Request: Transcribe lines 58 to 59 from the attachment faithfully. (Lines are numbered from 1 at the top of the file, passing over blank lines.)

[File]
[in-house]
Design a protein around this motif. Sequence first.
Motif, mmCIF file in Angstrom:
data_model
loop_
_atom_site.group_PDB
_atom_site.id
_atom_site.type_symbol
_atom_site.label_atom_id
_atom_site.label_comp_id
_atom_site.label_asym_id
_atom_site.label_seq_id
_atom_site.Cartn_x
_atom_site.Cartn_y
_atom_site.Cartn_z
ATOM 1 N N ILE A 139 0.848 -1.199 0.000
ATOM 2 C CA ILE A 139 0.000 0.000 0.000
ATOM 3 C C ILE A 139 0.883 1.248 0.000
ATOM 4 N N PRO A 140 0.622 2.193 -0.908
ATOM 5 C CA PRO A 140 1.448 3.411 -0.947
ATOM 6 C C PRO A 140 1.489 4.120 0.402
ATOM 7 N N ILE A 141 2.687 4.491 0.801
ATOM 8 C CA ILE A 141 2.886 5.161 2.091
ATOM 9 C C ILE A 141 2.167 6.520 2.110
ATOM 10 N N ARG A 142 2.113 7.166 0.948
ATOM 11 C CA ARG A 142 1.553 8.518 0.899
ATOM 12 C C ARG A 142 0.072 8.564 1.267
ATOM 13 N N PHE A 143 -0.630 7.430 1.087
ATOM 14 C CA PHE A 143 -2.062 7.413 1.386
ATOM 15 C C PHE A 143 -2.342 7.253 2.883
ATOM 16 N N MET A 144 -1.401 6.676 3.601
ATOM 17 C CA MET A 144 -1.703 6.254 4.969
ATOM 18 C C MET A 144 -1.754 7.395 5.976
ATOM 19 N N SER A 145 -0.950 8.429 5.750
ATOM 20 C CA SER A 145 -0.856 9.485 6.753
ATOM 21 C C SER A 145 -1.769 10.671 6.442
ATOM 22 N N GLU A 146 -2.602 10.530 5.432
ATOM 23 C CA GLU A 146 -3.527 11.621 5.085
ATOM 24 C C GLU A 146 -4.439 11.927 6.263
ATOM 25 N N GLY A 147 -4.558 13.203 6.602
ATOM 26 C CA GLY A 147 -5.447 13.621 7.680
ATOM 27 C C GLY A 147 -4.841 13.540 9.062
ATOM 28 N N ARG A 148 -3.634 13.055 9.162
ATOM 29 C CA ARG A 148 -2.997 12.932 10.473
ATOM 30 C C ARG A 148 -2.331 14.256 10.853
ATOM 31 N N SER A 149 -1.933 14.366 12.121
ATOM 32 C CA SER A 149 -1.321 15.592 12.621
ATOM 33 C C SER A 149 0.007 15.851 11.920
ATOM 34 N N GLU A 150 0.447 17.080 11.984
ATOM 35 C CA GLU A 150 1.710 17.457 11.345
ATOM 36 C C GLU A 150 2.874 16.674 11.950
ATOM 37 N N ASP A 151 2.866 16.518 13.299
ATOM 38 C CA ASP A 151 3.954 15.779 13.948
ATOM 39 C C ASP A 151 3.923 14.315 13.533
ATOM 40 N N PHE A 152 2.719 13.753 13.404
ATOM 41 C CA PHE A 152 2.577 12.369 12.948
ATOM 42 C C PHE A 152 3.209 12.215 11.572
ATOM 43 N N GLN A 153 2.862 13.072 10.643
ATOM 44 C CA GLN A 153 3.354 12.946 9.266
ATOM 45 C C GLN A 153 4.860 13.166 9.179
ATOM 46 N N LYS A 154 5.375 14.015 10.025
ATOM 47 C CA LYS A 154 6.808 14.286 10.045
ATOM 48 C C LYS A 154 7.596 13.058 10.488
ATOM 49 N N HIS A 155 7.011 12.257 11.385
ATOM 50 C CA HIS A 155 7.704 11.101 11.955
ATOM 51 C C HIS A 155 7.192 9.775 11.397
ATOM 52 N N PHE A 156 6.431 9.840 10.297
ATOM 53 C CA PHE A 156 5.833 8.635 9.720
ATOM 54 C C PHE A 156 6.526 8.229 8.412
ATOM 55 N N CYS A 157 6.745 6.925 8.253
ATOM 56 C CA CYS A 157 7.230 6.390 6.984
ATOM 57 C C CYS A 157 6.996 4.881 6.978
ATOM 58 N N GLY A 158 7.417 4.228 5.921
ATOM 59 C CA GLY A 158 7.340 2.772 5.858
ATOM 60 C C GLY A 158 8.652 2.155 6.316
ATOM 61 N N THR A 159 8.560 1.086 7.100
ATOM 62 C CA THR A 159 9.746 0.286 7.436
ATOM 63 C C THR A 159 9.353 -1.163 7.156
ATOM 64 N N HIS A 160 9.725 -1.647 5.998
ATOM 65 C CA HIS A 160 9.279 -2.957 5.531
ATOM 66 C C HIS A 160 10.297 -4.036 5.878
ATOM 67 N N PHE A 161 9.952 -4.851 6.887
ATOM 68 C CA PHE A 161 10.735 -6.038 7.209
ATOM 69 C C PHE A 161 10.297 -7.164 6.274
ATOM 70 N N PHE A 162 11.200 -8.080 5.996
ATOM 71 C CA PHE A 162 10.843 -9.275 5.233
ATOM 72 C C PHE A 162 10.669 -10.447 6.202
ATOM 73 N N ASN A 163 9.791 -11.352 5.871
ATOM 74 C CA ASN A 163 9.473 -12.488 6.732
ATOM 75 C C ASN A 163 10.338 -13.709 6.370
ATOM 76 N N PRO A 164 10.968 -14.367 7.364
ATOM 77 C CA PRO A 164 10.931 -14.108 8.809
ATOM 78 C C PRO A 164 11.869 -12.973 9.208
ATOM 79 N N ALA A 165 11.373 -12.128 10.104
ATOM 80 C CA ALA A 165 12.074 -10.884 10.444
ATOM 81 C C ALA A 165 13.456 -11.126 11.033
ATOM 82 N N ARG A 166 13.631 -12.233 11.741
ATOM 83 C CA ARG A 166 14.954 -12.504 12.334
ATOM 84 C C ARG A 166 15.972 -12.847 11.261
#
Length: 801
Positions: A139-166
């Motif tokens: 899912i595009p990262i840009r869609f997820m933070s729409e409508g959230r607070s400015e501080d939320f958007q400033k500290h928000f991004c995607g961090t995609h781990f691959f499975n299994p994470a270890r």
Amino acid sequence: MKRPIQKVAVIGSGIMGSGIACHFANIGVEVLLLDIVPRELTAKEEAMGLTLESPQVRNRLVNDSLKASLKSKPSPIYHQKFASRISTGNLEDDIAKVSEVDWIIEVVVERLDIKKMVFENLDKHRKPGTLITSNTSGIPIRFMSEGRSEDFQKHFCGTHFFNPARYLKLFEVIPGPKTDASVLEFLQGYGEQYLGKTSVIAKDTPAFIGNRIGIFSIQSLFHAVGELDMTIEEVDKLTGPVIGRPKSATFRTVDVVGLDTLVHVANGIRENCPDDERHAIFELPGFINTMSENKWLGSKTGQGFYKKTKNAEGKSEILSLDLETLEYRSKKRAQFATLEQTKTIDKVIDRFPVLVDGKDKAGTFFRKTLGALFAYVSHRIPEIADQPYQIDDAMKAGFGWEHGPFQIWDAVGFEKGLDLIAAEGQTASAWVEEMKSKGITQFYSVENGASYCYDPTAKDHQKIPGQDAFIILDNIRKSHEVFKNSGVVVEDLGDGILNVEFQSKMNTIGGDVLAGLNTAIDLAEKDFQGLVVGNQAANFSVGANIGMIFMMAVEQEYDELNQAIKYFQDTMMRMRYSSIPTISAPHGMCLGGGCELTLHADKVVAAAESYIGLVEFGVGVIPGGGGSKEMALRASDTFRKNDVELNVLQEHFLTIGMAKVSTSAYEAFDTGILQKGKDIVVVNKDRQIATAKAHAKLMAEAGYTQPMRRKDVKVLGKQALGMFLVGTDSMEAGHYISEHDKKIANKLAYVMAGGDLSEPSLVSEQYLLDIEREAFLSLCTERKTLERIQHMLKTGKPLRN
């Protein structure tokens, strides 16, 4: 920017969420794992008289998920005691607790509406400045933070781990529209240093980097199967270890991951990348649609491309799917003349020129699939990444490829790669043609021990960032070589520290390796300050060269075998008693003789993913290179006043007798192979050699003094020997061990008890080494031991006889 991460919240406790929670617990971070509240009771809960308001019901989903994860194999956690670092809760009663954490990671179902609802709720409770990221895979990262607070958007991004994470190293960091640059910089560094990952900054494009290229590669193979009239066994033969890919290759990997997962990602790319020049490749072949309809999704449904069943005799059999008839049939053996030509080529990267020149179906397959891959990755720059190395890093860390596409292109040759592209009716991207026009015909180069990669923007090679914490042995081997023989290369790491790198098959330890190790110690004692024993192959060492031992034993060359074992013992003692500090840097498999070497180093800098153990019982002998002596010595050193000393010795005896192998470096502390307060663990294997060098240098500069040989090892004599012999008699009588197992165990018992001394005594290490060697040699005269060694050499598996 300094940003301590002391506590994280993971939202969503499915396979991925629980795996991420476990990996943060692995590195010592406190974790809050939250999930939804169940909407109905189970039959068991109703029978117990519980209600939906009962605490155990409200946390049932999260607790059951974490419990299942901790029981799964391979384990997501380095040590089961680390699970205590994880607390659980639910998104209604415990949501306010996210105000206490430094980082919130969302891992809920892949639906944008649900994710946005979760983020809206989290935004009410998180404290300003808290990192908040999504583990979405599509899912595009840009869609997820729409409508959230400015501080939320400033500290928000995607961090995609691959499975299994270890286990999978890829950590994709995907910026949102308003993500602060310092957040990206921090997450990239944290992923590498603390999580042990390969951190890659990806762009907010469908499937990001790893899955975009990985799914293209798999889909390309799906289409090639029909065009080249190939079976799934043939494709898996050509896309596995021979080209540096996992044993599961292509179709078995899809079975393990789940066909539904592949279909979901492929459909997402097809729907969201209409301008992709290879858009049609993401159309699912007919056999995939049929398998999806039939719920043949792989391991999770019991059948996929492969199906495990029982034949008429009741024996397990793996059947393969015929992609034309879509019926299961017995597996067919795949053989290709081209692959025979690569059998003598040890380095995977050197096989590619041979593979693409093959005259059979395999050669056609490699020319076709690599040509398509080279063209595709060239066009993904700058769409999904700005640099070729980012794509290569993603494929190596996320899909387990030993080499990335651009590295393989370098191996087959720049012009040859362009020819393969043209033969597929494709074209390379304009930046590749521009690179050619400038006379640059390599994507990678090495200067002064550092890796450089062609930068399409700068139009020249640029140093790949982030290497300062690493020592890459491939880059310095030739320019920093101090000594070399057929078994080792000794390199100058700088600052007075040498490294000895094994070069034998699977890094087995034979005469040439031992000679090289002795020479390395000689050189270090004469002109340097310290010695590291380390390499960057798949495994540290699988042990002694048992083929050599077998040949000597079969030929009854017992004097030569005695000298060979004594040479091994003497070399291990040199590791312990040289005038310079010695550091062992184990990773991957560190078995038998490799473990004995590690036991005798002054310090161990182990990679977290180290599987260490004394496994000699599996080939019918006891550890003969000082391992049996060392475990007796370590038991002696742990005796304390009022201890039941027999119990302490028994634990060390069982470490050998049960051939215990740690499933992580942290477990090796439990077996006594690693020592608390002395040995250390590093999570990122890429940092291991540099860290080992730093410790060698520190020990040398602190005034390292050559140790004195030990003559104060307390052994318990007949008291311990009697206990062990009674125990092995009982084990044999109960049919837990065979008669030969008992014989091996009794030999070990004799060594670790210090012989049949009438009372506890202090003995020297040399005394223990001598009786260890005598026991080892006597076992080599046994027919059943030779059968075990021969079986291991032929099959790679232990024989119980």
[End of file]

ATOM 43 N N GLN A 153 2.862 13.072 10.643
ATOM 44 C CA GLN A 153 3.354 12.946 9.266